Google is considering delivering a subscription TV service over its experimental fiber-to-the-home network in Kansas City, Kan., and Kansas City, Mo., sometime next year, The Wall Street Journal reported Friday.
The online search giant has approached media companies including Walt Disney Co, Time Warner Inc. and Discovery Communications about carrying TV channels on the test network, according to the Journal, which cited unnamed sources briefed on Google's plans. However, the talks were described as "exploratory" at this juncture.
Google selected Kansas City, Kan., and Kansas City, Mo., as the cities where it will fund the buildout of a fiber-to-the-home network delivering speeds of 1 Gigabit per second -- far beyond what is available to most residential broadband customers in the U.S. (or anywhere). The pick came after a year-long competition soliciting applications from municipalities, an offer that generated nearly 1,100 submissions.
The Kansas City test network is expected to go live in early 2012. Google has described the "Think Big With a Gig" initiative as an "experiment" to try to identify and develop applications that can take advantage of ultra-high-speed Internet. A 1 Gbps network would have ample headroom for an IPTV service.
Google in September hired former cable-TV executive Jeremy Stern, who has led the discussions with cable programmers, the Journal reported.
Stern most recently was a consultant working with digital media companies, and was vice president of business development for content-recognition provider Audible Magic. Prior to that was partner with telecom-oriented law firm Cole, Raywid & Braverman LLP.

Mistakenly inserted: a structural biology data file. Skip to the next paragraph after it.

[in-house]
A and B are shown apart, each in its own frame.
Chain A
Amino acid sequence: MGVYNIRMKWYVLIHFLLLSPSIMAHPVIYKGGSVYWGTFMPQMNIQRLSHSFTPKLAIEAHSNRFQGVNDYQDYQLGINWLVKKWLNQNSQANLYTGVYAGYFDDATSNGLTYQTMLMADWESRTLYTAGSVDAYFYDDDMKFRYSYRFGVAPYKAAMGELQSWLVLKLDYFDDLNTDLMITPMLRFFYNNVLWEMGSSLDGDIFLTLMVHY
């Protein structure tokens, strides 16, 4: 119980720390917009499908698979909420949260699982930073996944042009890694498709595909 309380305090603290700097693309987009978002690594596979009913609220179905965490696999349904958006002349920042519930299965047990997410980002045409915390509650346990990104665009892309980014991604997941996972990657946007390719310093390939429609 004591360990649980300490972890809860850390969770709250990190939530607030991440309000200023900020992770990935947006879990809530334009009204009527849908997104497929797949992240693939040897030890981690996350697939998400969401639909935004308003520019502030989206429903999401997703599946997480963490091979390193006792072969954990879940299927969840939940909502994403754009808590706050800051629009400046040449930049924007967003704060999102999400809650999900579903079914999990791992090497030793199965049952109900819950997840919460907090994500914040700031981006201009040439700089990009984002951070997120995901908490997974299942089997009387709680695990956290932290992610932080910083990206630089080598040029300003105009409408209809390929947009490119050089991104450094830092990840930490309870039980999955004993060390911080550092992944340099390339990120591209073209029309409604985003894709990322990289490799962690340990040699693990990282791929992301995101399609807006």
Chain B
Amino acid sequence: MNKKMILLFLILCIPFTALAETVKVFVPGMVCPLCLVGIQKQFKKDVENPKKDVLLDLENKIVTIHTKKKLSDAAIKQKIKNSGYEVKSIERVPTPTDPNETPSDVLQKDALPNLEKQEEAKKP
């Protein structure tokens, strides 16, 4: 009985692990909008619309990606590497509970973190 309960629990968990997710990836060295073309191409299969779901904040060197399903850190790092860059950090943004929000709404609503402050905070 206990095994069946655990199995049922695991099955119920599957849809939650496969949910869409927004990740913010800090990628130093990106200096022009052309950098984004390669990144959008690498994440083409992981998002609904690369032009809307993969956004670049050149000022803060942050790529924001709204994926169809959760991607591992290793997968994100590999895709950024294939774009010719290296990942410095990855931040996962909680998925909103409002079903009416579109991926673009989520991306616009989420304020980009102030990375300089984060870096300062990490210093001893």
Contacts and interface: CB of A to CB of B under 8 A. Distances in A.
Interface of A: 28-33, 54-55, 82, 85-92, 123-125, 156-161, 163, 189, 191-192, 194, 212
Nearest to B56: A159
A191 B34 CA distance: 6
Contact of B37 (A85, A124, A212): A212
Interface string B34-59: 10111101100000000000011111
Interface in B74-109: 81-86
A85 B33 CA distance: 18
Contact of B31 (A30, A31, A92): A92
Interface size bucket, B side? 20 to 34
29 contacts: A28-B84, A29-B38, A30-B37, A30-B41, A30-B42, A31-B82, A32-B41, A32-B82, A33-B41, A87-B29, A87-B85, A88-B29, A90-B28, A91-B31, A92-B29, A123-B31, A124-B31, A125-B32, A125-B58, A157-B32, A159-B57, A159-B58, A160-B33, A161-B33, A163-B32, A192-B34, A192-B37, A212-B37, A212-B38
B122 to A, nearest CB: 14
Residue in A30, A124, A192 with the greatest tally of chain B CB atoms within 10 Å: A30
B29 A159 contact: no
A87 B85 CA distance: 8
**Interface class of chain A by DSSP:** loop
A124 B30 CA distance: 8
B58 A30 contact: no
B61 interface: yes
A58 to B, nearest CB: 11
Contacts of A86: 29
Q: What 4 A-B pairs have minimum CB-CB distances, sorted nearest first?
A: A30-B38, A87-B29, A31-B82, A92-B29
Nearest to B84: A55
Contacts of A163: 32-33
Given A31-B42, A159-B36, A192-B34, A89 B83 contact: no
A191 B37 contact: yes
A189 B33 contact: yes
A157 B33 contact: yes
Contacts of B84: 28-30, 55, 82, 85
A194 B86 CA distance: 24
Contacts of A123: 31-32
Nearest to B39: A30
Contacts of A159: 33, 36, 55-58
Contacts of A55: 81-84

In the 1990s, Stern was head of legal affairs for MediaOne (formerly Continental Cablevision), which is now part of Comcast. He also worked for the National Cable & Telecommunications Association in the '80s and '90s working on antipiracy projects and state legislative and regulatory matters.
He's not the first "cable guy" Google has recruited. In December 2010, the company hired Milo Medin, former chief technology officer and co-founder of the cable industry's ill-fated @Home Network venture, to head up the 1 Gbps fiber network project.
In other TV initiatives, Google this month is releasing version 2.0 of its Google TV software, designed to meld Internet content and advanced features with traditional TV. It also last week announced plans to launch 96 channels on YouTube with original content, in an effort to attract more video advertising.
Meanwhile, Google is in the process of a $12.5 billion acquisition of Motorola Mobility -- one of the largest technology suppliers to the cable industry. The deal, however, was driven primarily by Google's desire to obtain the Motorola Mobility patent portfolio to protect its Android mobile operating system from litigation.